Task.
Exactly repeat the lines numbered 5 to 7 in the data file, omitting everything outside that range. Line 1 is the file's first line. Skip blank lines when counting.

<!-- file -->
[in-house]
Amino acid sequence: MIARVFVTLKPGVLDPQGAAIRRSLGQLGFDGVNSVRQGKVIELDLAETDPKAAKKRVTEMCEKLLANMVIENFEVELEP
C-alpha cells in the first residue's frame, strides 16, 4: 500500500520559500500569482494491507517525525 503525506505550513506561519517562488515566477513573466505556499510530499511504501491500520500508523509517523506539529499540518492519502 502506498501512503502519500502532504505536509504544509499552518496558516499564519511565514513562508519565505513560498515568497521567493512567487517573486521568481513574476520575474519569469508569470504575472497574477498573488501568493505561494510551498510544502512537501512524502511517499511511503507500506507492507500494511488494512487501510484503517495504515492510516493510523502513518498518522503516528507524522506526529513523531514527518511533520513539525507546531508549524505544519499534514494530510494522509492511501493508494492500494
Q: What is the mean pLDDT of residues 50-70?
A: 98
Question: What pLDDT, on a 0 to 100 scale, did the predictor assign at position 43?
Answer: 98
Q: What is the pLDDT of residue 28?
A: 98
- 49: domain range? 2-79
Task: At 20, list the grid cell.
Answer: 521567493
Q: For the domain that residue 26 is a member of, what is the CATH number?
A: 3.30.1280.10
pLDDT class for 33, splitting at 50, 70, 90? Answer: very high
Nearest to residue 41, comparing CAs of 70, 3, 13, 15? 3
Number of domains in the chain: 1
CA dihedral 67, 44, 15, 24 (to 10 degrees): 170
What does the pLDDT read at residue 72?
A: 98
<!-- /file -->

A: 98
Question: What pLDDT, on a 0 to 100 scale, did the predictor assign at position 43?
Answer: 98